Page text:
Pet Dehydration and The Importance of Water for Pets
Water is what we’re made of – whether human, cat, or dog. Depending on age and species, 60 to 80 of body mass is comprised of water.
Hot weather is has arrived, and July has been designated Pet Hydration Awareness Month. We thought it high time for some guidance about the importance of water for pets along with a few tips and tricks to keep pets hydrated.
Why is Water Important for Pets?
Water is a vital nutrient. Some of its important functions are:
- Lubricates joints
- Transports nutrients through the bloodstream
- Regulates body temperature
- Flushes waste out of the body
- Cushions the brain and spinal cord
When we don’t get enough water, neither pets nor people can function well. We feel groggy, lightheaded, uncoordinated. Excessive loss of water beyond what the body takes in, is referred to as dehydration. In dehydration, the body draws water out of the cells, resulting in electrolyte imbalance and muscle dysfunction.
Older pets, puppies and kittens, pets with kidney disease or diabetes, and pets who have short faces are at increased risk for dehydration.
Signs of Pet Dehydration
Dehydration is a common problem in pets. Here are some of the early signs.
- Tiredness or moving more slowly than normal
- Loss of appetite
- Gums and nose are dry
- Panting (in dogs)
- Eyes appear sunken and dry
When pets don’t take in enough water, their skin may become less elastic. To test for this, you can also do a simple skin pinch. If his skin springs back quickly, chances are he’s got enough water on board. But if the skin sinks back sluggishly to its normal appearance, it’s an indication of dehydration in pets.
How Does Dehydration Happen?
Pets lose water for normal reasons, such as painting, going to the bathroom, and even breathing. They replenish this water by eating and drinking.
Sometimes pets aren’t eating or drinking enough to take in normal amounts of water. Dehydration itself can cause appetite loss, so it can become a vicious cycle. Dehydration in pets can also result from illness, diarrhea, vomiting, and fever. Heat stress or heat stroke and dehydration often go hand in hand.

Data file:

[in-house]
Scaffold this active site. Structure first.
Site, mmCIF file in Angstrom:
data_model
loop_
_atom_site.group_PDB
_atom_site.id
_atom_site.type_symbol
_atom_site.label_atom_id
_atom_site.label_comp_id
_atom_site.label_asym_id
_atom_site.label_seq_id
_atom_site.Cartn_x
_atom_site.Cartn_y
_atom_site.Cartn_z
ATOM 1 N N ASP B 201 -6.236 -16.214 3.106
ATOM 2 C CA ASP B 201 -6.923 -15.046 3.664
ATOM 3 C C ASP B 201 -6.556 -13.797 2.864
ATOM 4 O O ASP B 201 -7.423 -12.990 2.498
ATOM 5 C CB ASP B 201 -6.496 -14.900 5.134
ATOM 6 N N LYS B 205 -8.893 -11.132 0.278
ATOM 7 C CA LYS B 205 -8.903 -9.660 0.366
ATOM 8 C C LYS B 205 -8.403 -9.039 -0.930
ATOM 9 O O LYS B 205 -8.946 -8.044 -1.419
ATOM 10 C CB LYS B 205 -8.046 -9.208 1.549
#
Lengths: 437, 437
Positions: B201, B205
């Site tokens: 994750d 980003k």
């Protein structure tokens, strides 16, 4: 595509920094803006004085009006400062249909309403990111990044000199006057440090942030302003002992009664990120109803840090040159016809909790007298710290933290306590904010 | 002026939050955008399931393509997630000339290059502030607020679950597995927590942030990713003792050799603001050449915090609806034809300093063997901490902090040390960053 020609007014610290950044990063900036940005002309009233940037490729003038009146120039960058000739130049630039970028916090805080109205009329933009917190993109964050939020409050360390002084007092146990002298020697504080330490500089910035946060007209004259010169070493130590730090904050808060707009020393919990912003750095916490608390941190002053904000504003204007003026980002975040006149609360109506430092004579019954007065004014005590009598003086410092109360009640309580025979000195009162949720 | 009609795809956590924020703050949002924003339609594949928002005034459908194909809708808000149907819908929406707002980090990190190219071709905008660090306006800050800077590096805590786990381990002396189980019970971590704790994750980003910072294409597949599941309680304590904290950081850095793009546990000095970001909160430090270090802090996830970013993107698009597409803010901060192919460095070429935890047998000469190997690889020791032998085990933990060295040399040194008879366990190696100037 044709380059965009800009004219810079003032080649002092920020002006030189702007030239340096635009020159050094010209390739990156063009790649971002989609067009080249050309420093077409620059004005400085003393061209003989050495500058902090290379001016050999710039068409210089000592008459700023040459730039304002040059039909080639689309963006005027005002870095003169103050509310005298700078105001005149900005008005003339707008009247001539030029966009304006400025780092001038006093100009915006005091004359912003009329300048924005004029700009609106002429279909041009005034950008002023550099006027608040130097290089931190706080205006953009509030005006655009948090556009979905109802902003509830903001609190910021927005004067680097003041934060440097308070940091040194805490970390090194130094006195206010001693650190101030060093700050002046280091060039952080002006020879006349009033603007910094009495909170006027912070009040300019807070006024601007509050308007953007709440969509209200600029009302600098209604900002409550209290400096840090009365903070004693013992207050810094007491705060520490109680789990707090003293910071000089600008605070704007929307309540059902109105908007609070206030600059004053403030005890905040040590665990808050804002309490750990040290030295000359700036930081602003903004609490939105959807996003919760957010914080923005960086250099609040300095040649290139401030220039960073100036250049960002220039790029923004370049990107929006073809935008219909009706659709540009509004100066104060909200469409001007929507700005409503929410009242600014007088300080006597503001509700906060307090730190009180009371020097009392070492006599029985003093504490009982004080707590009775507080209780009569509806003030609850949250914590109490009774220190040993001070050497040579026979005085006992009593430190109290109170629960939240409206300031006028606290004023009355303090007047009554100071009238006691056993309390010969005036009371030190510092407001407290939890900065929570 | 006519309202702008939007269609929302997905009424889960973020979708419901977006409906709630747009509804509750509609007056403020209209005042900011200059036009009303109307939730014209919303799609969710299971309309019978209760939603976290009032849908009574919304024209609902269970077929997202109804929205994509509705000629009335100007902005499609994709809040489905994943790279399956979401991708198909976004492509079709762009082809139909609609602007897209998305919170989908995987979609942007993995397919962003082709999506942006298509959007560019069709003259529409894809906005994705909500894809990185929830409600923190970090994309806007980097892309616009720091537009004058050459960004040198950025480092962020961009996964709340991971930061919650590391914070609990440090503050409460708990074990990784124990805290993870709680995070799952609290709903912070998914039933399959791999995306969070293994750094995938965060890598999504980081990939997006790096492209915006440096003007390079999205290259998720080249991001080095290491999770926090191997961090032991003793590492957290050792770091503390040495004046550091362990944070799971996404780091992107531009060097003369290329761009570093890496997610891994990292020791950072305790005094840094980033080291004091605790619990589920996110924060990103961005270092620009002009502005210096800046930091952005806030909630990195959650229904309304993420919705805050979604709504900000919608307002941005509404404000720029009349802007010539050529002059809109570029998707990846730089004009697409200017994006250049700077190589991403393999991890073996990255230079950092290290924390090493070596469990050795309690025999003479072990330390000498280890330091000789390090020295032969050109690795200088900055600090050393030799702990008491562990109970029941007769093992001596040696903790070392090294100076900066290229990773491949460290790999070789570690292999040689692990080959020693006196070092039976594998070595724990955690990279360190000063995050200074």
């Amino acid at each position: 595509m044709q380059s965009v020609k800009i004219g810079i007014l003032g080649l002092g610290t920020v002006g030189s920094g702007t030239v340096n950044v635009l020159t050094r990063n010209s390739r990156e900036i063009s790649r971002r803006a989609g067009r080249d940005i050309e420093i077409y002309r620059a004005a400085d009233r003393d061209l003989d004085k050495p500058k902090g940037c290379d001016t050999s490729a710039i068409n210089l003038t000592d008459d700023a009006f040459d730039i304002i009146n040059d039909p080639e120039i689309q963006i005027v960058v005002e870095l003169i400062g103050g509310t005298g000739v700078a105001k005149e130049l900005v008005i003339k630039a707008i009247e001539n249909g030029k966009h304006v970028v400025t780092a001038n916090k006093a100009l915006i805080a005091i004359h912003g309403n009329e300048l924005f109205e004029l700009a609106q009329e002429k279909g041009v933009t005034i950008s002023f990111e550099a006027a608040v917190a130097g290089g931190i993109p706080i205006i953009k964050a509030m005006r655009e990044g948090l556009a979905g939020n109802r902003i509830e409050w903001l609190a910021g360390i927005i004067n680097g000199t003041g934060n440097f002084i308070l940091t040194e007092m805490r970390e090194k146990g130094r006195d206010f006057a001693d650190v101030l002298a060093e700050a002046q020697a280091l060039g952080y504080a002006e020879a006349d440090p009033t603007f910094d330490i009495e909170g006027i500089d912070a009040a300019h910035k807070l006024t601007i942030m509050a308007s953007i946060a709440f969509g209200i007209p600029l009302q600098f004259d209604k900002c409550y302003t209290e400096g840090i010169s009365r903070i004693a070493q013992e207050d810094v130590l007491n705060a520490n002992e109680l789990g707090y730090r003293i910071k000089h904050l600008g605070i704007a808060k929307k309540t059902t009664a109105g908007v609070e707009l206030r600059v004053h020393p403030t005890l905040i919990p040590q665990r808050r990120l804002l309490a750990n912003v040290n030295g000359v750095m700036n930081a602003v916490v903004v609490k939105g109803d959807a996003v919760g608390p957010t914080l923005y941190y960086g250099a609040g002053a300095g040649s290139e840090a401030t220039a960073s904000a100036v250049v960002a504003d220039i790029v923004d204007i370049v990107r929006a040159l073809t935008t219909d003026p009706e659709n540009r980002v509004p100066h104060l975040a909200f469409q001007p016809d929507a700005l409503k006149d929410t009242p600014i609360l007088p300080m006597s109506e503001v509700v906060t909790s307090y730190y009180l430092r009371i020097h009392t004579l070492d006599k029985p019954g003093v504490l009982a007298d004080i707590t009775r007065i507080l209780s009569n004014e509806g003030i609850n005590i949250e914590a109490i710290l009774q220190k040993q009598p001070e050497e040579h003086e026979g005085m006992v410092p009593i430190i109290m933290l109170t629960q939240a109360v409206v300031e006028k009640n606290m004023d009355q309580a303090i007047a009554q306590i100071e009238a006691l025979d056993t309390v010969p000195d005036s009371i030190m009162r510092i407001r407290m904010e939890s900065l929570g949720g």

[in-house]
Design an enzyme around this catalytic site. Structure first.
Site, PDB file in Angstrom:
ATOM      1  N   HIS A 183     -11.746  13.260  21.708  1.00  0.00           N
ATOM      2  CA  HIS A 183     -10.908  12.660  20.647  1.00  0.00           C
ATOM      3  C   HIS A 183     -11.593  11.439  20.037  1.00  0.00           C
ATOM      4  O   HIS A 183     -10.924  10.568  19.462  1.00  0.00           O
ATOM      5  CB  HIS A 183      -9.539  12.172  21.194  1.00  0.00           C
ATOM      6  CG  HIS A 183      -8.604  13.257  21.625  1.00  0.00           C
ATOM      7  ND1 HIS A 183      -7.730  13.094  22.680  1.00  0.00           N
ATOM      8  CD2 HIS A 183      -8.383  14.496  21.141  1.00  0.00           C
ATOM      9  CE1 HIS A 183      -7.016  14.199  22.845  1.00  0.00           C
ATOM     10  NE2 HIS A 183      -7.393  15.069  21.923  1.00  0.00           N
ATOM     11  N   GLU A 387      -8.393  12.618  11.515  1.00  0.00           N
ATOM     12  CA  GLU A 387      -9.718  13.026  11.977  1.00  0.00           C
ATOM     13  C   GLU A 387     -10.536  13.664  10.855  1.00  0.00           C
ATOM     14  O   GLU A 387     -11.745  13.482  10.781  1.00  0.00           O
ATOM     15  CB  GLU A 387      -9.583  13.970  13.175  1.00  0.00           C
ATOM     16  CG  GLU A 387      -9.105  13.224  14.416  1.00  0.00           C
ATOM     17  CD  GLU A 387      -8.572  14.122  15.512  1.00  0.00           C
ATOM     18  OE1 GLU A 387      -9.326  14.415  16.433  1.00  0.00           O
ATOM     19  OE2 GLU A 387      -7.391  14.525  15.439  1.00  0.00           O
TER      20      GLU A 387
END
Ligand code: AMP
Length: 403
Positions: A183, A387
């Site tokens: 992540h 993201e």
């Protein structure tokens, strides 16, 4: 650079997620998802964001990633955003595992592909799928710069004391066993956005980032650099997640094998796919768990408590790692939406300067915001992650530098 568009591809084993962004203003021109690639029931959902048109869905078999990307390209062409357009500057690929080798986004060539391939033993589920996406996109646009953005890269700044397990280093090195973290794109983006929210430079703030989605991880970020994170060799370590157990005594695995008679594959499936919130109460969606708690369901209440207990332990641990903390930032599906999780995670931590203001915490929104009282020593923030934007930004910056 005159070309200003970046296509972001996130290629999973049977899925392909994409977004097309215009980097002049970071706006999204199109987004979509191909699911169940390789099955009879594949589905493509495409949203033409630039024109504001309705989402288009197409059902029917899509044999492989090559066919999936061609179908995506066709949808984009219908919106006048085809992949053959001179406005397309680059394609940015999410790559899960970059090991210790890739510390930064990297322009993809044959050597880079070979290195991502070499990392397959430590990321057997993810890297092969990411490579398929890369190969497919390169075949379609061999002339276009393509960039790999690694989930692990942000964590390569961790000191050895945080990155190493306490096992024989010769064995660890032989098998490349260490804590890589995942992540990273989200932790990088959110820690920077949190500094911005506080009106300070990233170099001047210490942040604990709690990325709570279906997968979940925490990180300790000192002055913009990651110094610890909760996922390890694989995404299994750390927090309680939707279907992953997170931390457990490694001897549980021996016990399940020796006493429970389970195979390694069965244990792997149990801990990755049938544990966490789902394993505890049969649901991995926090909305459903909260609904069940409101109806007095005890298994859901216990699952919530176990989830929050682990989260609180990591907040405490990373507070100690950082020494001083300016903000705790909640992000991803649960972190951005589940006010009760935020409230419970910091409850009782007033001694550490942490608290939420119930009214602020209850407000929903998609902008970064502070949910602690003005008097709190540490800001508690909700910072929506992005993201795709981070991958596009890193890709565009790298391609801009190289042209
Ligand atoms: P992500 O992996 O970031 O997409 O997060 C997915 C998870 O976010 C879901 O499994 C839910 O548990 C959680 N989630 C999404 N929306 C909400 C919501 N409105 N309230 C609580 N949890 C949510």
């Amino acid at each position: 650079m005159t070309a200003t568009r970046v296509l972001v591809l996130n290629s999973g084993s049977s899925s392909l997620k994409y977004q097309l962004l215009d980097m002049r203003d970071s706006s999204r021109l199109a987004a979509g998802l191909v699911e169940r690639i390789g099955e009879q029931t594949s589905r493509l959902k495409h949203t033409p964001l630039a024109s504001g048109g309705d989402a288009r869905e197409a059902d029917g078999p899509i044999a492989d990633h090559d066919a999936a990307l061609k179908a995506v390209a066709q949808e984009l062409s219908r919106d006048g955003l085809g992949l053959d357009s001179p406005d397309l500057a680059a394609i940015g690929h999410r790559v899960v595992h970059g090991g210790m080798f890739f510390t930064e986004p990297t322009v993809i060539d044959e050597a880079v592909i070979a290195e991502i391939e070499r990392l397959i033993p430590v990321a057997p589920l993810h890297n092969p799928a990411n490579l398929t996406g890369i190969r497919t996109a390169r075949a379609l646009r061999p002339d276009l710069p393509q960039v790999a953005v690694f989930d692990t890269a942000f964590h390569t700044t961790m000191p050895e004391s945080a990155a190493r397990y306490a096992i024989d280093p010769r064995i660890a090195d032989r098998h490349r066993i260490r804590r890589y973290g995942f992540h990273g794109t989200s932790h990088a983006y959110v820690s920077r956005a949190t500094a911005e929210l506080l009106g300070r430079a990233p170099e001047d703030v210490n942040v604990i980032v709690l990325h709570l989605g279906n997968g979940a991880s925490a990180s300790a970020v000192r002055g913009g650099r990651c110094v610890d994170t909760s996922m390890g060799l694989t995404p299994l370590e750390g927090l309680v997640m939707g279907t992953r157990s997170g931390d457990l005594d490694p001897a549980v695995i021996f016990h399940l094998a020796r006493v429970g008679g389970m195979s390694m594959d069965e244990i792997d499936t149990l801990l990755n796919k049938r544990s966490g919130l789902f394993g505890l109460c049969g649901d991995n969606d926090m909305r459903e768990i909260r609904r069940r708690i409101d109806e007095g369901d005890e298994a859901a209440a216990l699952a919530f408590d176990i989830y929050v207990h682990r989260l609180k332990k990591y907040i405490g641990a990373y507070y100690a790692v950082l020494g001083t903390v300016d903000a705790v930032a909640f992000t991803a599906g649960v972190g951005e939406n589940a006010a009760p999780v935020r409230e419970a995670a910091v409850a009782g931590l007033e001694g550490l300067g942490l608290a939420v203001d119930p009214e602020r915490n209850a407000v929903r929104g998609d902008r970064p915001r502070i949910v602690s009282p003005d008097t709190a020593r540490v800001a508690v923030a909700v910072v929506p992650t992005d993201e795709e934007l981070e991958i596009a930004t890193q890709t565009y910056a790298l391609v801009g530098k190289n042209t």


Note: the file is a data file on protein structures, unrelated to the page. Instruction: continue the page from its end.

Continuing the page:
Many cats are thought to exist in a state of chronic dehydration, which affects their overall health in many ways.
Simple Ways to Increase Hydration in Pets
Attention to water is one of the best things we can do in the hottest months of the year as well as all year round. Here are some tips and tricks for increasing hydration in pets.
- Provide a water fountain (many cats like drinking moving water versus still).
- Give cats wet cat food as opposed to dry.
- Teach your dog to drink from a water bottle.
- Provide more than one water bowl at your house, especially if you have multiple cats.
- Location matters! Sensitive cats need water bowls in low traffic areas.
- Refill your pet’s water bowls daily with fresh, clean water.
- Test different bowls: some cats have drinking quirks, or whisker fatigue. Expand your horizons!
If your pet is wobbly or weak behind, seems dehydrated, has pale gums or is not drinking enough water, it’s time to visit the veterinarian right away. With severe dehydration, the body will need IV fluids to replenish quickly in order to get fluid levels back to normal. And, we’ll need to address the causes of your pet’s dehydration to restore their health.
With a little awareness and preparation, you can make sure your pet is well hydrated. The importance of water in pets is not often something we think of, but keeping pets hydrated is a simple habit. Each time you reach for your own water bottle, think of your pet’s water intake, too. Give your team at Conrad Weiser Animal Hospital a call with any questions or concerns.
Conrad Weiser Animal Hospital:
Where big city medicine and surgery meet small town customer service and value.